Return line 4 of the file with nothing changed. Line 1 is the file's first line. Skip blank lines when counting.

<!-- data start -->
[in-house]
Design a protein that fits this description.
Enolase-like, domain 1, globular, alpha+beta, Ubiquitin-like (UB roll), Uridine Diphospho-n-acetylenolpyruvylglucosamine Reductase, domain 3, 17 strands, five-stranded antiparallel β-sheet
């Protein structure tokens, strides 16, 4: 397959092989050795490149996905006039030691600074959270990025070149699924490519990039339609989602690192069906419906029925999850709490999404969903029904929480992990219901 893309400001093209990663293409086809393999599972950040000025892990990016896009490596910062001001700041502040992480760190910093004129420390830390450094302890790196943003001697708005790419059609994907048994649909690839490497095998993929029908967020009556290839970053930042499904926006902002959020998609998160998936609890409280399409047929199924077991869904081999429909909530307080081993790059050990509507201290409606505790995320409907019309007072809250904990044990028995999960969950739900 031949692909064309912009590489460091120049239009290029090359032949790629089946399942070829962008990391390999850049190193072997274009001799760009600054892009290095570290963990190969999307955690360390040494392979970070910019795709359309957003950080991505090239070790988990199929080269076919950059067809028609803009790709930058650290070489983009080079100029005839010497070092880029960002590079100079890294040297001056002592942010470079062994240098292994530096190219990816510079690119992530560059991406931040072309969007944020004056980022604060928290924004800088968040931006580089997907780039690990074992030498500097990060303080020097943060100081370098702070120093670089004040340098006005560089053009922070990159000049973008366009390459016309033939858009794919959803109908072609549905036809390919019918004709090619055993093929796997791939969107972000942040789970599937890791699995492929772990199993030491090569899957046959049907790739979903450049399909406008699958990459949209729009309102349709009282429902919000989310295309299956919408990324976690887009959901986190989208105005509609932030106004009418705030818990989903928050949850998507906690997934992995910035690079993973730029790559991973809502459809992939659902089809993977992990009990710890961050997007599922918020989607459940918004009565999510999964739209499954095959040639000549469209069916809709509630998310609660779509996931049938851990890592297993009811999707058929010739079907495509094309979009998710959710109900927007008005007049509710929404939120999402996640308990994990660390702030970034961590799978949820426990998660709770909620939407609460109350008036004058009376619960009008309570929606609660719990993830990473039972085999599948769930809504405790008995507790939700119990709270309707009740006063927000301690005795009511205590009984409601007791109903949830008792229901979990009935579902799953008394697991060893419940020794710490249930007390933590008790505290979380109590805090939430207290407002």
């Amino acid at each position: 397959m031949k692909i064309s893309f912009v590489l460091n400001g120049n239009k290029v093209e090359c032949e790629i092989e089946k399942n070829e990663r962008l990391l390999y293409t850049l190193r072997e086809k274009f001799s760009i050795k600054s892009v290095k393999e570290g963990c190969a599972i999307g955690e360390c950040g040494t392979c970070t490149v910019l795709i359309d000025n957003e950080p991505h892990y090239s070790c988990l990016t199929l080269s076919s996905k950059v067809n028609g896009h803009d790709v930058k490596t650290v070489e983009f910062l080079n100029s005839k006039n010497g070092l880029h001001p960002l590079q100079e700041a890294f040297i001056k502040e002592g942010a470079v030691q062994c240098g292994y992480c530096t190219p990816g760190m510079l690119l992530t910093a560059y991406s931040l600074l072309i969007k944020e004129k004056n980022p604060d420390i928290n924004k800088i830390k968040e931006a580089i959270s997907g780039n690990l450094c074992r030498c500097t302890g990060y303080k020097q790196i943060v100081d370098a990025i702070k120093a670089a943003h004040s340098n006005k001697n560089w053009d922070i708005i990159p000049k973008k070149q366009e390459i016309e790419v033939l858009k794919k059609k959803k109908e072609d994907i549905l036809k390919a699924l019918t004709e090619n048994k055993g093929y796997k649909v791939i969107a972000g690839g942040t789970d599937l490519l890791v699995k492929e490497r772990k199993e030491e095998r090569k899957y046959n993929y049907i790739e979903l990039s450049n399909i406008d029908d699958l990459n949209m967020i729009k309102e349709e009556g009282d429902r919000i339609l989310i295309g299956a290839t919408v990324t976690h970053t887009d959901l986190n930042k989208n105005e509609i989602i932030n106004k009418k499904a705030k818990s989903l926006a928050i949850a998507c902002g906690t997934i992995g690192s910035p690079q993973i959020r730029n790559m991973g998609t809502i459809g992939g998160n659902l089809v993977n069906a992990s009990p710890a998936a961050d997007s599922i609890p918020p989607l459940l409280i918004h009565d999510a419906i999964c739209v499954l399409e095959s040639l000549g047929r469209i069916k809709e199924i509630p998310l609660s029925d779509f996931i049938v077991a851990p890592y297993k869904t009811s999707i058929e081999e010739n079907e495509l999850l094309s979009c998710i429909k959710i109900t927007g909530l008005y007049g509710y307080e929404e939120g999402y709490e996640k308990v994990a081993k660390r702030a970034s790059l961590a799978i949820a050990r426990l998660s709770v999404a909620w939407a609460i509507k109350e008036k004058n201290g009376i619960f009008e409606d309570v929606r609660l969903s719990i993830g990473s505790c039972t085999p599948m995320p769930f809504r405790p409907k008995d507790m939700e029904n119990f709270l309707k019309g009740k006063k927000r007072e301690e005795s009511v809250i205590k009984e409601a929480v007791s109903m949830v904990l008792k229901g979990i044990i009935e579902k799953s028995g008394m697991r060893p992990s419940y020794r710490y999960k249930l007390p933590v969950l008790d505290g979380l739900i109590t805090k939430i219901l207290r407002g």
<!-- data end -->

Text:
């Protein structure tokens, strides 16, 4: 397959092989050795490149996905006039030691600074959270990025070149699924490519990039339609989602690192069906419906029925999850709490999404969903029904929480992990219901 893309400001093209990663293409086809393999599972950040000025892990990016896009490596910062001001700041502040992480760190910093004129420390830390450094302890790196943003001697708005790419059609994907048994649909690839490497095998993929029908967020009556290839970053930042499904926006902002959020998609998160998936609890409280399409047929199924077991869904081999429909909530307080081993790059050990509507201290409606505790995320409907019309007072809250904990044990028995999960969950739900 031949692909064309912009590489460091120049239009290029090359032949790629089946399942070829962008990391390999850049190193072997274009001799760009600054892009290095570290963990190969999307955690360390040494392979970070910019795709359309957003950080991505090239070790988990199929080269076919950059067809028609803009790709930058650290070489983009080079100029005839010497070092880029960002590079100079890294040297001056002592942010470079062994240098292994530096190219990816510079690119992530560059991406931040072309969007944020004056980022604060928290924004800088968040931006580089997907780039690990074992030498500097990060303080020097943060100081370098702070120093670089004040340098006005560089053009922070990159000049973008366009390459016309033939858009794919959803109908072609549905036809390919019918004709090619055993093929796997791939969107972000942040789970599937890791699995492929772990199993030491090569899957046959049907790739979903450049399909406008699958990459949209729009309102349709009282429902919000989310295309299956919408990324976690887009959901986190989208105005509609932030106004009418705030818990989903928050949850998507906690997934992995910035690079993973730029790559991973809502459809992939659902089809993977992990009990710890961050997007599922918020989607459940918004009565999510999964739209499954095959040639000549469209069916809709509630998310609660779509996931049938851990890592297993009811999707058929010739079907495509094309979009998710959710109900927007008005007049509710929404939120999402996640308990994990660390702030970034961590799978949820426990998660709770909620939407609460109350008036004058009376619960009008309570929606609660719990993830990473039972085999599948769930809504405790008995507790939700119990709270309707009740006063927000301690005795009511205590009984409601007791109903949830008792229901979990009935579902799953008394697991060893419940020794710490249930007390933590008790505290979380109590805090939430207290407002």